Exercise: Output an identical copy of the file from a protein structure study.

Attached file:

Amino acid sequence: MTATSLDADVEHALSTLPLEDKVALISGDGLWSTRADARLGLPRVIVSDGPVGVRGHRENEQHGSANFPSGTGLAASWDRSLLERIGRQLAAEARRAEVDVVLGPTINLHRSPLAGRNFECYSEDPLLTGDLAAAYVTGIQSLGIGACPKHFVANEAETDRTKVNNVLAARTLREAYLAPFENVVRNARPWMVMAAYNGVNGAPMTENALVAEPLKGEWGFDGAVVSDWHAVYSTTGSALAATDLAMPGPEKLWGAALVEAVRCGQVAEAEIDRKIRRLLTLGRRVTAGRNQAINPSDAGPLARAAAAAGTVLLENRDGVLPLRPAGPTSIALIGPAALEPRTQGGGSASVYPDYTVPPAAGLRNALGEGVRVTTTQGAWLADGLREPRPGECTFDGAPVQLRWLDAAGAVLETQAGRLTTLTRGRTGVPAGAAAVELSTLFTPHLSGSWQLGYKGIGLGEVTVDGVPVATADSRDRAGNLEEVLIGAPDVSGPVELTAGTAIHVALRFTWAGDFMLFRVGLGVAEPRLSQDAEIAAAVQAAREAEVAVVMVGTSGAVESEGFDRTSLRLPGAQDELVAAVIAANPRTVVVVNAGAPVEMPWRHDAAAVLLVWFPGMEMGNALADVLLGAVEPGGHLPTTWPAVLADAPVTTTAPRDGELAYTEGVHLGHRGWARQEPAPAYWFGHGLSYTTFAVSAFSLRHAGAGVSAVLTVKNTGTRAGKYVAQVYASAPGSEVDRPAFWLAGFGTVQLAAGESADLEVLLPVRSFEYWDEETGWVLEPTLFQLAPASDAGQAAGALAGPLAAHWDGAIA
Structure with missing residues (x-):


Amino acid sequence: MTATSLDADVEHALSTLPLEDKVALISGDGLWSTRADARLGLPRVIVSDGPVGVRGHRENEQHGSANFPSGTGLAASWDRSLLERIGRQLAAEARRAEVDVVLGPTINLHRSPLAGRNFECYSEDPLLTGDLAAAYVTGIQSLGIGACPKHFVANEAETDRTKVNNVLAARTLREAYLAPFENVVRNARPWMVMAAYNGVNGAPMTENALVAEPLKGEWGFDGAVVSDWHAVYSTTGSALAATDLAMPGPEKLWGAALVEAVRCGQVAEAEIDRKIRRLLTLGRRVTAGRNQAINPSDAGPLARAAAAAGTVLLENRDGVLPLRPAGPTSIALIGPAALEPRTQGGGSASVYPDYTVPPAAGLRNALGEGVRVTTTQGAWLADGLREPRPGECTFDGAPVQLRWLDAAGAVLETQAGRLTTLTRGRTGVPAGAAAVELSTLFTPHLSGSWQLGYKGIGLGEVTVDGVPVATADSRDRAGNLEEVLIGAPDVSGPVELTAGTAIHVALRFTWAGDFMLFRVGLGVAEPRLSQDAEIAAAVQAAREAEVAVVMVGTSGAVESEGFDRTSLRLPGAQDELVAAVIAANPRTVVVVNAGAPVEMPWRHDAAAVLLVWFPGMEMGNALADVLLGAVEPGGHLPTTWPAVLADAPVTTTAPRDGELAYTEGVHLGHRGWARQEPAPAYWFGHGLSYTTFAVSAFSLRHAGAGVSAVLTVKNTGTRAGKYVAQVYASAPGSEVDRPAFWLAGFGTVQLAAGESADLEVLLPVRSFEYWDEETGWVLEPTLFQLAPASDAGQAAGALAGPLAAHWDGAIA
Structure with missing residues (x-):